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Marlene Johnson

Newspaper reporter and assistant editor Marlene L. Johnson was born on November 22, 1936 in Rochester, New York and raised by foster parents on a small farm in Avon. At age twelve, she was stricken with polio. Johnson attended Second Baptist Church in Mumford, N.Y. where Reverend Mordecai W. Johnson once was pastor. She graduated from Geneseo Central High School and then received her A.A. degree from the University of Buffalo. Johnson moved to Detroit, Michigan and earned her B.S. degree in secondary education and English from Wayne State University in 1973. She went on to earn her M.S. degree in media instructional systems from the University of the District of Columbia in 1983. In 2007, Johnson graduated from the Howard University School of Divinity with her M.A. degree in religious studies.

Johnson began her career in journalism as a general assignment reporter for the Associated Press in Detroit. She sued the Associated Press in 1973 on behalf of African Americans and women after being terminated without just cause. A court upheld her claims of discrimination and handed down a landmark decision. This ruling was the catalyst for the establishment of a formal training program for minority journalists at the Associated Press. In 1975, Johnson moved to Washington, D.C. to work for The Newspaper Guild. From 1976 to 1992 she was a public relations practitioner for nonprofit organizations including the National Urban League and the National 4-H Council.

Johnson served as the assistant editor of the “Features” and the “Arts & Entertainment” sections of the Washington Times from 1994 until 2004. She covered stories at the Kennedy Center for the Performing Arts, the National Gallery of the Arts, and the Warner Theater. In 2007, Johnson became the executive editor for the online newspapers owned by Redding Communications, Inc., which included the The Washington Continent and the Redding News Review. She left Redding Communications in April of 2008 to pursue personal writing projects. Johnson also has worked for the National Caucus and Center on Black Aged and the National Committee Against Discrimination in Housing. She is an active member in the National Association of Black Journalists and has supervised student reporters for the NABJ Monitor. In addition, Johnson founded Grapevine Communications, a media consulting firm in Washington, D.C.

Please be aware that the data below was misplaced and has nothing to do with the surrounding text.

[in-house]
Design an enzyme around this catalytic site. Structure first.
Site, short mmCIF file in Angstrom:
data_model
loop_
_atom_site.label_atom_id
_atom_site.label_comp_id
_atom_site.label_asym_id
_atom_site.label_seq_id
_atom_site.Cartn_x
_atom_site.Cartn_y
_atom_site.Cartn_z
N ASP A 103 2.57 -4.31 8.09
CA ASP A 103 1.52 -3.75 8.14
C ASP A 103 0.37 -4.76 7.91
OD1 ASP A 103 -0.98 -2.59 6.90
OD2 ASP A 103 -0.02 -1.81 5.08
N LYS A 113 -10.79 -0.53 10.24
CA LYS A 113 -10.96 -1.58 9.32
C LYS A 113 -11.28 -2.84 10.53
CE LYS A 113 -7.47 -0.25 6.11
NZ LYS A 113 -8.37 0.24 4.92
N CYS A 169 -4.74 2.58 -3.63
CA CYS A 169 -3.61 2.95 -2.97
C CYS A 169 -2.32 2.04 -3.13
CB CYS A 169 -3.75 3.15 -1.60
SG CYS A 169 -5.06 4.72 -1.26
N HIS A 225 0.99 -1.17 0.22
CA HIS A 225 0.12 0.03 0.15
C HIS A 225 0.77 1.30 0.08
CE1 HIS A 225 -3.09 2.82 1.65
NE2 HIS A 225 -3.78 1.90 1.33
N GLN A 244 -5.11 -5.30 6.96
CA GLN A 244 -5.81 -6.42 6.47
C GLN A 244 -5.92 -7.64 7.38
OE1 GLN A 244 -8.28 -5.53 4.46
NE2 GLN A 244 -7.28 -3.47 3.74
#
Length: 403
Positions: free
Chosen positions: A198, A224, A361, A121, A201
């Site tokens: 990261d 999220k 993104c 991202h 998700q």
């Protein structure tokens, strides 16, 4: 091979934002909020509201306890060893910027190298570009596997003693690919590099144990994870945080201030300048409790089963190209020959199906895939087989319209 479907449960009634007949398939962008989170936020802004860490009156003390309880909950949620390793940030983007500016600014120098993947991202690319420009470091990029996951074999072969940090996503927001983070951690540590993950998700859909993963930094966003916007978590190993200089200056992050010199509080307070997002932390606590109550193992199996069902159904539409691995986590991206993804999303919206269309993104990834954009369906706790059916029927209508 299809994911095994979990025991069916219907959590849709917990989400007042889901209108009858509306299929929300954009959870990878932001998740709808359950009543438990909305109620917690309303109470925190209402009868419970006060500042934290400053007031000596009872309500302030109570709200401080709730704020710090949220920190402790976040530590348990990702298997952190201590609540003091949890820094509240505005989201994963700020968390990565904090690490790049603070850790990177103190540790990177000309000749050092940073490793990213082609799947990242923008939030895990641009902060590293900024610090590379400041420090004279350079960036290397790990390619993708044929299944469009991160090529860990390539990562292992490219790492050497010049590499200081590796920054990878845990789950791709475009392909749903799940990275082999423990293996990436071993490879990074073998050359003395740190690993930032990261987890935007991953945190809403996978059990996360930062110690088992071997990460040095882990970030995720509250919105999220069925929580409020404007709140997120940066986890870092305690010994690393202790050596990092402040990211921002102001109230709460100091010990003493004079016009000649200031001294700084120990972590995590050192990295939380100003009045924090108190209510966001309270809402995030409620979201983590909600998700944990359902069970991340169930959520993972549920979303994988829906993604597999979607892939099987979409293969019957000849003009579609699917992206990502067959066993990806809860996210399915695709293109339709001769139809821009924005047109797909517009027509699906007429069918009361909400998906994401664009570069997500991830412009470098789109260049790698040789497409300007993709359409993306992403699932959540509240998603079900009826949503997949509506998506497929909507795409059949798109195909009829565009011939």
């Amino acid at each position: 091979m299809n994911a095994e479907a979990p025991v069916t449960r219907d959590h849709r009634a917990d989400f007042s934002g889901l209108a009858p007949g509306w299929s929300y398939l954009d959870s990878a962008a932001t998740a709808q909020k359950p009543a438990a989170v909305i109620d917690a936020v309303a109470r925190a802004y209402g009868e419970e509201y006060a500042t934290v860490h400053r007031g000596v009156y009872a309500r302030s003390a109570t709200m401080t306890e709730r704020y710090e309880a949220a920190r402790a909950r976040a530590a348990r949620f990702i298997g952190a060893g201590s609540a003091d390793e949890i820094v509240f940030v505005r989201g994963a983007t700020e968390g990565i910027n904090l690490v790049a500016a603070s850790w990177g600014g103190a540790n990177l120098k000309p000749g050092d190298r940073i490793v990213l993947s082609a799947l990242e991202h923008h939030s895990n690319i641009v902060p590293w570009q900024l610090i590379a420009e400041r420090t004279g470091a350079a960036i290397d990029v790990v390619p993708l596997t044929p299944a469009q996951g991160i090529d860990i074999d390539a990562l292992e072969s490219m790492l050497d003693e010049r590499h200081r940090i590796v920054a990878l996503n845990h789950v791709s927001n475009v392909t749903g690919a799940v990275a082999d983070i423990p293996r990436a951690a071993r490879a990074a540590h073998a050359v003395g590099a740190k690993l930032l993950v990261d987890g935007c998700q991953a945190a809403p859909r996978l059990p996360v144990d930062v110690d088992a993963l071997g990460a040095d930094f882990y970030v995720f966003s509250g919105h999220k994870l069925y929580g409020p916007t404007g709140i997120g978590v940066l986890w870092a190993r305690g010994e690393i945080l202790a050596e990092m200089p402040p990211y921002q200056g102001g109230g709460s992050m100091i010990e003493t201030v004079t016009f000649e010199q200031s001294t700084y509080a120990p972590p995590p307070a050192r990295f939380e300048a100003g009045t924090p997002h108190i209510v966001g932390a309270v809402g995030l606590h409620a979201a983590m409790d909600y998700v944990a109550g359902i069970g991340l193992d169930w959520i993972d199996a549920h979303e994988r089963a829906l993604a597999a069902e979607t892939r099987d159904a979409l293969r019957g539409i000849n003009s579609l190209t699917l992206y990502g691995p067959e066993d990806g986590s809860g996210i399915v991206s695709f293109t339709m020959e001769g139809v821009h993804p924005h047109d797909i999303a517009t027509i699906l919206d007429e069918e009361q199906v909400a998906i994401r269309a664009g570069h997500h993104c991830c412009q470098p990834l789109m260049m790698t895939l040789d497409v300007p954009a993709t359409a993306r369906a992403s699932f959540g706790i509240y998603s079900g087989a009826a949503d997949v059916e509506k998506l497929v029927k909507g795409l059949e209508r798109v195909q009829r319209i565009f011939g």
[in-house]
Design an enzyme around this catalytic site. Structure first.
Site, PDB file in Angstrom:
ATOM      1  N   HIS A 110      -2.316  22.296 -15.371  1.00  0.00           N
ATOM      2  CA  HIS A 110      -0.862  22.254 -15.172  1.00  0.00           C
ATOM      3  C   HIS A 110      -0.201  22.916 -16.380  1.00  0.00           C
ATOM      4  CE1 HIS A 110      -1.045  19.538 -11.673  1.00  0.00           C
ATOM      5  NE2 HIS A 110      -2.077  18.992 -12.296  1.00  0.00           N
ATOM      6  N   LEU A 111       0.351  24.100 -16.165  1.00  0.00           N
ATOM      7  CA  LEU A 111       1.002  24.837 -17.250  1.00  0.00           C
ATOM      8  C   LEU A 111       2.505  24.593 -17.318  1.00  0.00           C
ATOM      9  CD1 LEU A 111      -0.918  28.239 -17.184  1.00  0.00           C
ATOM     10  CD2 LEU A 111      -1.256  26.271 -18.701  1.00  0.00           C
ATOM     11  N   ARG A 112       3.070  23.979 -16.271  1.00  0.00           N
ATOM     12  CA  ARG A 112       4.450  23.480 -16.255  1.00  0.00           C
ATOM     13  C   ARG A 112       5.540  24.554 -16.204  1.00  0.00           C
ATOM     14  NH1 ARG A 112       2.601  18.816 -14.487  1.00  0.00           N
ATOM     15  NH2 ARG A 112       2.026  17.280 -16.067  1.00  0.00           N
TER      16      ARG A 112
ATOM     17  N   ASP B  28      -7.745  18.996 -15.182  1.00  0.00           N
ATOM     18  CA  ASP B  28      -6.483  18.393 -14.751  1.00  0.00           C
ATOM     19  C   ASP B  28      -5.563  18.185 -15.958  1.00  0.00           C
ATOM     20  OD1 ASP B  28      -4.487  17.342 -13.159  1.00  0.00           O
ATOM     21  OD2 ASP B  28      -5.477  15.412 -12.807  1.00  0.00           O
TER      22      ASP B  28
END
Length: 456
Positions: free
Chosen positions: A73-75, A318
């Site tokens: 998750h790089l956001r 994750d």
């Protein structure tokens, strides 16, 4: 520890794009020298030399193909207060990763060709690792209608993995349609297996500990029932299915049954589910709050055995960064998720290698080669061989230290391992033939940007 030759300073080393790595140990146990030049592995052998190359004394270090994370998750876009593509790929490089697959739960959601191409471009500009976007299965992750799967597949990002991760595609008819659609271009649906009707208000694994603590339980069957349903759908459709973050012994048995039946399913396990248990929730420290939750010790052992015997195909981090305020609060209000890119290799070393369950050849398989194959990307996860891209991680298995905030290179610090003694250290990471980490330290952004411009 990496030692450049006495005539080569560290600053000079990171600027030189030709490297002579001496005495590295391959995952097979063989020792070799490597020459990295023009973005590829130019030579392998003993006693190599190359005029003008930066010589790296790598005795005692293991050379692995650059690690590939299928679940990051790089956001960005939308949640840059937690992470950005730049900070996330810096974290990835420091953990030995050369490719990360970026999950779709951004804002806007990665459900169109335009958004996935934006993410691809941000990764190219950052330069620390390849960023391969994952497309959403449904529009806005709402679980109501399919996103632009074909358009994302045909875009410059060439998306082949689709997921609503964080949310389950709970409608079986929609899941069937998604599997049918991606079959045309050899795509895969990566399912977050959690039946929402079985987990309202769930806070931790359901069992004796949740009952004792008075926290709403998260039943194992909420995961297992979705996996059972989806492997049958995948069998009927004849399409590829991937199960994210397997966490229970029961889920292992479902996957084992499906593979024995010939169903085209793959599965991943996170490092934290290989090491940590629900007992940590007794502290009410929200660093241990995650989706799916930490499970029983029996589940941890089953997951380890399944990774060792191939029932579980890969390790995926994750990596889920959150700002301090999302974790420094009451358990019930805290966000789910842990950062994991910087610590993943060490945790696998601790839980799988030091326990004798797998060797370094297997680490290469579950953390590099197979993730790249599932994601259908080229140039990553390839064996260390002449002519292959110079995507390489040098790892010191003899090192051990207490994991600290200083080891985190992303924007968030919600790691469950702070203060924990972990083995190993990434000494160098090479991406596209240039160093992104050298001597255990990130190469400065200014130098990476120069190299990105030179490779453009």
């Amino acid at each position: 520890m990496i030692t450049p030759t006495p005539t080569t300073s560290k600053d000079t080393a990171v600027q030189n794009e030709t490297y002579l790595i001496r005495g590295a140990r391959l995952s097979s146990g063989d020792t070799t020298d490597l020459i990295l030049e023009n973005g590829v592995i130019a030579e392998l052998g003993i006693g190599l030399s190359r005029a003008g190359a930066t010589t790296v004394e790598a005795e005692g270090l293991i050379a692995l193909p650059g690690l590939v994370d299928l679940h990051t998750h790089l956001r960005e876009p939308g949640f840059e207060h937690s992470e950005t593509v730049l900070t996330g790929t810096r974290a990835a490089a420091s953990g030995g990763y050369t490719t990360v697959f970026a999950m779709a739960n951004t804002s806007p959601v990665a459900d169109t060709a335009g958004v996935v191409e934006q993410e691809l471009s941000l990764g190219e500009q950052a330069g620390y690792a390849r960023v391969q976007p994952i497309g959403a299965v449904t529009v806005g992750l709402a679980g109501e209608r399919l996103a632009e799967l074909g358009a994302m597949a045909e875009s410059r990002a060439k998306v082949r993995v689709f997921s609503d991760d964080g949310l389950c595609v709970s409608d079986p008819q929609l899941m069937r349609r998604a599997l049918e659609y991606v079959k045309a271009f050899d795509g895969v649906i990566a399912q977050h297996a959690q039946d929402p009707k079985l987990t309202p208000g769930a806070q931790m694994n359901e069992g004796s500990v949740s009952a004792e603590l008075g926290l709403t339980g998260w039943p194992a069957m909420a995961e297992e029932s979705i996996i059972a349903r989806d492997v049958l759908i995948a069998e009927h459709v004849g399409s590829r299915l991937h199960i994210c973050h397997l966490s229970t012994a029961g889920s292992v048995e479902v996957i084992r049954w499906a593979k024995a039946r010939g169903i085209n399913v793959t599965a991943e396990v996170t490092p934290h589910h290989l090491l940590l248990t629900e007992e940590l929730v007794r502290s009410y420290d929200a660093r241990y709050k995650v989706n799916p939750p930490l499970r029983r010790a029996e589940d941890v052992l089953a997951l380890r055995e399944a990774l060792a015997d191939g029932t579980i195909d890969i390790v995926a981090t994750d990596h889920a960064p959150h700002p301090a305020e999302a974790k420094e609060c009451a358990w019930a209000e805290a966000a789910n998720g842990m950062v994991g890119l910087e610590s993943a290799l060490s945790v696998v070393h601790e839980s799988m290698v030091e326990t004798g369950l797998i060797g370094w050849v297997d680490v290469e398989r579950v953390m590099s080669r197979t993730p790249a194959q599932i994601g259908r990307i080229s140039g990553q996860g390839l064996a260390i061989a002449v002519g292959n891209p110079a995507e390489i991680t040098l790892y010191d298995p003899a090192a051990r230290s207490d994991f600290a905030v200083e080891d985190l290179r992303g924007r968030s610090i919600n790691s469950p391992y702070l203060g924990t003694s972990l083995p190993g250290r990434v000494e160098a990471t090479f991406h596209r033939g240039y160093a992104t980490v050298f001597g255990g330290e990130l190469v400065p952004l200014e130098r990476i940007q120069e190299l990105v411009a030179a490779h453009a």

Johnson received the Excellence of Lifestyle or Entertainment Pages Award from the Virginia Press Association in 1998; and the SPJ Washington Dateline Award for Excellence in local journalism in 2000.

Marlene L. Johnson was interviewed by The HistoryMakers on March 2, 2013.

Accession Number

A2013.066

Sex

Female

Interview Date

3/2/2013

Last Name

Johnson

Maker Category
Schools

University of the District of Columbia

Howard University School of Divinity

Wayne State University

State University of New York at Buffalo

Search Occupation Category
First Name

Marlene

Birth City, State, Country

Rochester

HM ID

JOH42

Favorite Season

Spring

State

New York

Favorite Vacation Destination

Jamaica

Favorite Quote

None

Bio Photo
Speakers Bureau Region State

District of Columbia

Birth Date

11/22/1936

Birth Place Term
Speakers Bureau Region City

Washington

Country

United States

Favorite Food

Ice Cream

Short Description

Newspaper reporter and assistant editor Marlene Johnson (1936 - ) , former assistant editor at the the Washington Times and past executive editor at Redding Communications, Inc., filed and won a class-action discrimination lawsuit against the Associated Press in Detroit, Michigan that led to a training program for minority journalists.

Employment

Office of Congressman John Conyers

Southern Christian Leadership Conference

Wayne State University

Chrysler Corporation

Hughes Aircraft Corp.

Johnson Publishing Company

Grapevine Communications

Washington Times

Delete

Associated Press (AP)

Favorite Color

Lavender

Timing Pairs
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DAStories

Tape: 1 Story: 1 - Slating of Marlene Johnson's interview

Tape: 1 Story: 2 - Marlene Johnson lists her favorites

Tape: 1 Story: 3 - Marlene Johnsons describes her mother's family background, pt.1

Tape: 1 Story: 4 - Marlene Johnson describes her mother's family background, pt. 2

Tape: 1 Story: 5 - Marlene Johnson talks about not knowing her father's identity, pt. 1

Tape: 1 Story: 6 - Marlene Johnson talks about not knowing her father's identity, pt. 2

Tape: 1 Story: 7 - Marlene Johnson describes her biggest childhood influence

Tape: 1 Story: 8 - Marlene Johnson describes the sights, sounds, and smells of growing up

Tape: 1 Story: 9 - Marlene Johnson talks about her childhood community's church

Tape: 1 Story: 10 - Marlene Johnson describes her school and high school education

Tape: 2 Story: 1 - Marlene Johnson describes her experience in elementary school

Tape: 2 Story: 2 - Marlene Johnson describes her relationship with her foster siblings

Tape: 2 Story: 3 - Marlene Johnson talks about her love of reading